Abstract 15185: Vascular Endothelial Growth Factor Inhibition Results in Systemic Hypertension Mediated by Alterations in Endothelin-1, but Not by Alterations in Nitric Oxide or Reactive Oxygen Species
Purpose: Inhibition of Vascular Endothelial Growth Factor (VEGF) signaling is an established therapy for various forms of cancer. However, this therapy is associated with hypertension. VEGF signaling enhances NO production, which in turn may reduce endothelin (ET) and scavenge reactive oxygen species (ROS). We therefore hypothesized that hypertension resulting from VEGF inhibition is due to a loss of NO bioavailability and an increase in ROS and/or ET.
Methods: On different days, chronically instrumented swine (N=6) received i.v. infusion of either the endothelial NO synthase inhibitor Nω-Nitro-L-arginine (NLA), the ETA/ETB receptor blocker tezosentan or a combination of ROS scavengers (4-Hydroxy-2,2,6,6-Tetramethylpiperidine-1-oxyl, N-Acetyl-Cysteine and N-2-Mercaptoproprionyl-Glycine). Before and after these infusions hemodynamic parameters were recorded. These experiments were repeated after administration of the VEGF-receptor inhibitor sunitinib, 50 mg/day p.o. for 1 week.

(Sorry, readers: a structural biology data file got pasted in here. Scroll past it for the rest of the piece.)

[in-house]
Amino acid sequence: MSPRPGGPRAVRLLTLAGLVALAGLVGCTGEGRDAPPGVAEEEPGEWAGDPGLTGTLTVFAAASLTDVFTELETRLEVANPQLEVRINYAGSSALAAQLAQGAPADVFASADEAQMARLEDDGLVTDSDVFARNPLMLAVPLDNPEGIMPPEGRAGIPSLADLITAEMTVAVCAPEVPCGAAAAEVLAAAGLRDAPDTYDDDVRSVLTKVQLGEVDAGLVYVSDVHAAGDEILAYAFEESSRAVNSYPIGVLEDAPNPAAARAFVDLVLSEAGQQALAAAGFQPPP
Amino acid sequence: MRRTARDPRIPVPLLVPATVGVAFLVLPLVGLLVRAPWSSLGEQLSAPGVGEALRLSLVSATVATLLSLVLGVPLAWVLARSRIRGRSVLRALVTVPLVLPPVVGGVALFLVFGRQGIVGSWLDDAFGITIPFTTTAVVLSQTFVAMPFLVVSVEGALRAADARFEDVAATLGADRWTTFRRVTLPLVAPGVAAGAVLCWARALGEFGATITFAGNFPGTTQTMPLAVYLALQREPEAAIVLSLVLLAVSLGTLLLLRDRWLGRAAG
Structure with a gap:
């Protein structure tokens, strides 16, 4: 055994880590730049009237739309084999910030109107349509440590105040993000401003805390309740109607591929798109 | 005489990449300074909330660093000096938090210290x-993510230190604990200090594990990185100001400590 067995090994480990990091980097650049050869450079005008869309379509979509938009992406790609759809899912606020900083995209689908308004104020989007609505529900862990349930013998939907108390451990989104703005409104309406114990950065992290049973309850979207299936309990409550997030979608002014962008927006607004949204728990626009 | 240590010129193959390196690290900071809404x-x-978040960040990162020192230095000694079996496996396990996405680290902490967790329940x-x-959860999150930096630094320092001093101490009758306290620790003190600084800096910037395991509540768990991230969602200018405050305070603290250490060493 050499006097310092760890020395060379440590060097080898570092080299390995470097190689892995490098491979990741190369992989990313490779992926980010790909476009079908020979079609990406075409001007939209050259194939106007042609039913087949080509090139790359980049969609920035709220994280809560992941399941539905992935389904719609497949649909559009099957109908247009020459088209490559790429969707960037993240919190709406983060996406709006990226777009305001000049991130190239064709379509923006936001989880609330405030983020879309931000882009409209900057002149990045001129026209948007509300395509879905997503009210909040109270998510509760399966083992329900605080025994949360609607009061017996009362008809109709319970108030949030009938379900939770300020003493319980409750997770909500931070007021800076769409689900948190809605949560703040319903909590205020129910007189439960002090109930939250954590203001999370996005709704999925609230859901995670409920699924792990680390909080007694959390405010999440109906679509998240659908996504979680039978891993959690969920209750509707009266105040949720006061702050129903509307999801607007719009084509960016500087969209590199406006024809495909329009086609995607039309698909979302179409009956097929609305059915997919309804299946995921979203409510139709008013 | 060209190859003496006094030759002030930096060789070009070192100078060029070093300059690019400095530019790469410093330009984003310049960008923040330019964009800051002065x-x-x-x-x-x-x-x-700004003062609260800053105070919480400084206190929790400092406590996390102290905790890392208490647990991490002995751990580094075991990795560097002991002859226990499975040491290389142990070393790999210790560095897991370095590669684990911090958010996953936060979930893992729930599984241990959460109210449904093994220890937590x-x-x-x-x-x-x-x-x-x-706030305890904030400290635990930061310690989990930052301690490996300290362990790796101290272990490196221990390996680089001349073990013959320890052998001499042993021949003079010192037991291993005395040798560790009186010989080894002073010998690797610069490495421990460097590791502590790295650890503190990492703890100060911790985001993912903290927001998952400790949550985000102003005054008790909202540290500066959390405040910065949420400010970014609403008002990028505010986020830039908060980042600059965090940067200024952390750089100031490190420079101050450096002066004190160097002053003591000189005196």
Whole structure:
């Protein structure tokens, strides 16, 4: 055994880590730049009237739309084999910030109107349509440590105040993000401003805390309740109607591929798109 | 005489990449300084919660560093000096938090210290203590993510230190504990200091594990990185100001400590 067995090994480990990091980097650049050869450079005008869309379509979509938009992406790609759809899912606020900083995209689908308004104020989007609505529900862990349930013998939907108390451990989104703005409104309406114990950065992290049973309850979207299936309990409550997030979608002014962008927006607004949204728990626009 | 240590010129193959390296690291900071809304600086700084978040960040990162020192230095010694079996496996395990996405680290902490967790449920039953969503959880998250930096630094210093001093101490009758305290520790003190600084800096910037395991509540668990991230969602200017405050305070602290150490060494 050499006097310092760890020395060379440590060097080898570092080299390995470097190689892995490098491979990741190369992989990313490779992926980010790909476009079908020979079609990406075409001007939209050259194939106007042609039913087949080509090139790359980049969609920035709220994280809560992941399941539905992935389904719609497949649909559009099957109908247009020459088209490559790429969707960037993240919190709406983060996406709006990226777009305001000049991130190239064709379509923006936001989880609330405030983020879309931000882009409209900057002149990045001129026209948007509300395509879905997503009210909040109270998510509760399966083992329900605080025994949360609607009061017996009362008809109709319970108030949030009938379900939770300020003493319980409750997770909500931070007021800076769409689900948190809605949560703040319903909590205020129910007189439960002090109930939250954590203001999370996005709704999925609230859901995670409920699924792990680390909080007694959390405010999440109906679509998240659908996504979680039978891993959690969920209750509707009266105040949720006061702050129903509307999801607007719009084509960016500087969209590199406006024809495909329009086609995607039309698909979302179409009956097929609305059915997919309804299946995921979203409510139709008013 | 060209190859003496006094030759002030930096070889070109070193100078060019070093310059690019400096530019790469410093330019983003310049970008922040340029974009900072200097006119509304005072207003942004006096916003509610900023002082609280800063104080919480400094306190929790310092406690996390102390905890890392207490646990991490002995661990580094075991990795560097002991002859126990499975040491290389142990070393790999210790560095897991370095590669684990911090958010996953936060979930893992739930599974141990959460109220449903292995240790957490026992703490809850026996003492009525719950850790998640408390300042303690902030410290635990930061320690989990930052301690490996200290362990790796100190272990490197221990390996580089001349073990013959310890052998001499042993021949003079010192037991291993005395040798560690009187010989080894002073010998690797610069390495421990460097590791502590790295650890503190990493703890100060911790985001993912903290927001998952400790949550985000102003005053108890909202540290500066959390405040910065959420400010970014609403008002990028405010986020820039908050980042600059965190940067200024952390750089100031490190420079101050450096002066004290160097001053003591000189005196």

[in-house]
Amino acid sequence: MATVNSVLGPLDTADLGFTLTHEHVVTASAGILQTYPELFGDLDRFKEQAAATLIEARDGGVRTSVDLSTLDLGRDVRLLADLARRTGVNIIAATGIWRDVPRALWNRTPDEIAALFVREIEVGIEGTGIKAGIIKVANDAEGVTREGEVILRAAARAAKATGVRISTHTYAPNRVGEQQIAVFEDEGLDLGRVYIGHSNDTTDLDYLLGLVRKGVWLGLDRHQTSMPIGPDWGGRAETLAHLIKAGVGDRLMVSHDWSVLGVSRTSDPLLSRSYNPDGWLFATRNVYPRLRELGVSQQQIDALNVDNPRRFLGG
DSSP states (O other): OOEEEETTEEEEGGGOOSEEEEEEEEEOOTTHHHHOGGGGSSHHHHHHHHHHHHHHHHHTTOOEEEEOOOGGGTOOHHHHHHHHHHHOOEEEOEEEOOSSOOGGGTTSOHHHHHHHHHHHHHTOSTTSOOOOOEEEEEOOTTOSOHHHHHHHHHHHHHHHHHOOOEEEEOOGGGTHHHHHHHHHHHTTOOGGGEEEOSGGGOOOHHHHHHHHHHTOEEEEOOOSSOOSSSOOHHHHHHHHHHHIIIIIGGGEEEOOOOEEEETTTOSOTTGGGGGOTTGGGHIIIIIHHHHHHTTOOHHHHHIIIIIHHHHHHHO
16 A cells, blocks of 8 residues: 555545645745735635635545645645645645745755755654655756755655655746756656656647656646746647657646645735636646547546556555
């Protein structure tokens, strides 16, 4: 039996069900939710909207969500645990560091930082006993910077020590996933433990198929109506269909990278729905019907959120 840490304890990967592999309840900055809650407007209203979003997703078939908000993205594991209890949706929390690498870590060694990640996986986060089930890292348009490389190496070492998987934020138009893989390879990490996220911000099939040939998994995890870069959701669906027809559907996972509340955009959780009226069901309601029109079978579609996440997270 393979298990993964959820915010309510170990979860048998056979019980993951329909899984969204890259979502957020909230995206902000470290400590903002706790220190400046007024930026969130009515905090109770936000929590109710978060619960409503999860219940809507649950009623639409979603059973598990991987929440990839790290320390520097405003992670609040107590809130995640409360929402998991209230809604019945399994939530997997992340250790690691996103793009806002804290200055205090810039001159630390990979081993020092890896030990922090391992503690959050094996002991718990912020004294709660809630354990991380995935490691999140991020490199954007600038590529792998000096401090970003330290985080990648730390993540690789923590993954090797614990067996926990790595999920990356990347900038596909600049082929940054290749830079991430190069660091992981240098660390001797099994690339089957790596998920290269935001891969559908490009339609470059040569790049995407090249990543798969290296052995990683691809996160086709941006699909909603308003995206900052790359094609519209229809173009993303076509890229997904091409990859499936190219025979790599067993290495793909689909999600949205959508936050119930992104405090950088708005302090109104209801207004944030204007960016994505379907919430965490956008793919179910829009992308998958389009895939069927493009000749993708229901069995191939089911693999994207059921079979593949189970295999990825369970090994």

Results: Sunitinib increased blood pressure and systemic vascular resistance reflecting vasoconstriction (Table). Following sunitinib, the rise in blood pressure and systemic vascular resistance induced by NLA increased, while the changes in blood pressure by ROS scavenging decreased. In contrast, while tezosentan had no effect under control conditions, it resulted in a decrease in blood pressure and systemic vascular resistance following sunitinib. Hence, tezosentan abrogated the sunitinib-induced vasoconstriction.
Conclusions: VEGF inhibition results in sustained hypertension. This hypertension is caused by enhanced ET-mediated vasoconstriction, but not by decreased NO-bioavailability or enhanced oxidative stress. These results warrant studies into the efficacy of ET receptor blockade in limiting the hypertensive side effects of VEGF inhibition.
- © 2011 by American Heart Association, Inc.